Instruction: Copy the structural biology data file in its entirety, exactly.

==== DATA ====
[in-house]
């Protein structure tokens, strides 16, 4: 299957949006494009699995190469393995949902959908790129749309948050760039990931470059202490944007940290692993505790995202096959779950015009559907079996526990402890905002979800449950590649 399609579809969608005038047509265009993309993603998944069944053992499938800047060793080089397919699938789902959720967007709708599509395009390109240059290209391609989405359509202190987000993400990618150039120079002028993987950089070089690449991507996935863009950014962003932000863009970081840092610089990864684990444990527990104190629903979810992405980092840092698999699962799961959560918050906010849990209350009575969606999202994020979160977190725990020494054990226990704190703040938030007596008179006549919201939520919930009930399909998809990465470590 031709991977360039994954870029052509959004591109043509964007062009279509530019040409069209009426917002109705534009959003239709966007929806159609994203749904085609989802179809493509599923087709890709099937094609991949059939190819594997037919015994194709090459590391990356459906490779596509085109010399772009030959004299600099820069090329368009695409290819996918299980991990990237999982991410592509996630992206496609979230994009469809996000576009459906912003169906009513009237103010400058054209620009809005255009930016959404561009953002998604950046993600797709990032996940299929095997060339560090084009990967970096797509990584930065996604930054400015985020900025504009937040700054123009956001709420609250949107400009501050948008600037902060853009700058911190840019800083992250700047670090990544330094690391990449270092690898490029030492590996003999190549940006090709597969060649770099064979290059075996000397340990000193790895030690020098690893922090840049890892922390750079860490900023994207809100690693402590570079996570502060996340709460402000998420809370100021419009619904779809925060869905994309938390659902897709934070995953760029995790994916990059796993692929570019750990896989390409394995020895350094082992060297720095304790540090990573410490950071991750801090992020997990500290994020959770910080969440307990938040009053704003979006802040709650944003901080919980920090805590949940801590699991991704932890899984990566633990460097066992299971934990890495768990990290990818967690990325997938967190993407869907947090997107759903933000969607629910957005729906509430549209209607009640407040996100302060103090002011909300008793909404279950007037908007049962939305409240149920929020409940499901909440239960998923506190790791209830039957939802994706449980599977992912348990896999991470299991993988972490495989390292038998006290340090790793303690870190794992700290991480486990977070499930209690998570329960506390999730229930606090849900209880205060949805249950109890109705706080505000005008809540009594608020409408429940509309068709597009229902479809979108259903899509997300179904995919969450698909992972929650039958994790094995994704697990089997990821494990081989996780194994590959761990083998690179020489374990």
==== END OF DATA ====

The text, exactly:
[in-house]
């Protein structure tokens, strides 16, 4: 299957949006494009699995190469393995949902959908790129749309948050760039990931470059202490944007940290692993505790995202096959779950015009559907079996526990402890905002979800449950590649 399609579809969608005038047509265009993309993603998944069944053992499938800047060793080089397919699938789902959720967007709708599509395009390109240059290209391609989405359509202190987000993400990618150039120079002028993987950089070089690449991507996935863009950014962003932000863009970081840092610089990864684990444990527990104190629903979810992405980092840092698999699962799961959560918050906010849990209350009575969606999202994020979160977190725990020494054990226990704190703040938030007596008179006549919201939520919930009930399909998809990465470590 031709991977360039994954870029052509959004591109043509964007062009279509530019040409069209009426917002109705534009959003239709966007929806159609994203749904085609989802179809493509599923087709890709099937094609991949059939190819594997037919015994194709090459590391990356459906490779596509085109010399772009030959004299600099820069090329368009695409290819996918299980991990990237999982991410592509996630992206496609979230994009469809996000576009459906912003169906009513009237103010400058054209620009809005255009930016959404561009953002998604950046993600797709990032996940299929095997060339560090084009990967970096797509990584930065996604930054400015985020900025504009937040700054123009956001709420609250949107400009501050948008600037902060853009700058911190840019800083992250700047670090990544330094690391990449270092690898490029030492590996003999190549940006090709597969060649770099064979290059075996000397340990000193790895030690020098690893922090840049890892922390750079860490900023994207809100690693402590570079996570502060996340709460402000998420809370100021419009619904779809925060869905994309938390659902897709934070995953760029995790994916990059796993692929570019750990896989390409394995020895350094082992060297720095304790540090990573410490950071991750801090992020997990500290994020959770910080969440307990938040009053704003979006802040709650944003901080919980920090805590949940801590699991991704932890899984990566633990460097066992299971934990890495768990990290990818967690990325997938967190993407869907947090997107759903933000969607629910957005729906509430549209209607009640407040996100302060103090002011909300008793909404279950007037908007049962939305409240149920929020409940499901909440239960998923506190790791209830039957939802994706449980599977992912348990896999991470299991993988972490495989390292038998006290340090790793303690870190794992700290991480486990977070499930209690998570329960506390999730229930606090849900209880205060949805249950109890109705706080505000005008809540009594608020409408429940509309068709597009229902479809979108259903899509997300179904995919969450698909992972929650039958994790094995994704697990089997990821494990081989996780194994590959761990083998690179020489374990």